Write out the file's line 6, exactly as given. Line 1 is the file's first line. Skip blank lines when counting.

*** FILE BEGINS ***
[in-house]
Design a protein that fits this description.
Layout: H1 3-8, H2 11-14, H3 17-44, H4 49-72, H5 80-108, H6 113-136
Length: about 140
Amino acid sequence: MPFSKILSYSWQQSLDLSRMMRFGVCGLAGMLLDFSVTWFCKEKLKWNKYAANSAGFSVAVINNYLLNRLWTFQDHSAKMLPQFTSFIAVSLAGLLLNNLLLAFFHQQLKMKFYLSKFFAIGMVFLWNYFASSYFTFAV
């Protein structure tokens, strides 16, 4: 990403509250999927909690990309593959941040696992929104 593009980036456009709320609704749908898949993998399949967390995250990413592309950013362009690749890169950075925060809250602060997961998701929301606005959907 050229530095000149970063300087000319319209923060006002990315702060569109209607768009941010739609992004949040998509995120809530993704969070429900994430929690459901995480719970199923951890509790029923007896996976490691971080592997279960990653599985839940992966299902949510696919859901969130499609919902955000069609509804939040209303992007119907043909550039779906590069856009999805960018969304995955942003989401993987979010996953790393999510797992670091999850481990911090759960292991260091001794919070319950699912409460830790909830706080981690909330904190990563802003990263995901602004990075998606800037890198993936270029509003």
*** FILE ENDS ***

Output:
């Protein structure tokens, strides 16, 4: 990403509250999927909690990309593959941040696992929104 593009980036456009709320609704749908898949993998399949967390995250990413592309950013362009690749890169950075925060809250602060997961998701929301606005959907 050229530095000149970063300087000319319209923060006002990315702060569109209607768009941010739609992004949040998509995120809530993704969070429900994430929690459901995480719970199923951890509790029923007896996976490691971080592997279960990653599985839940992966299902949510696919859901969130499609919902955000069609509804939040209303992007119907043909550039779906590069856009999805960018969304995955942003989401993987979010996953790393999510797992670091999850481990911090759960292991260091001794919070319950699912409460830790909830706080981690909330904190990563802003990263995901602004990075998606800037890198993936270029509003």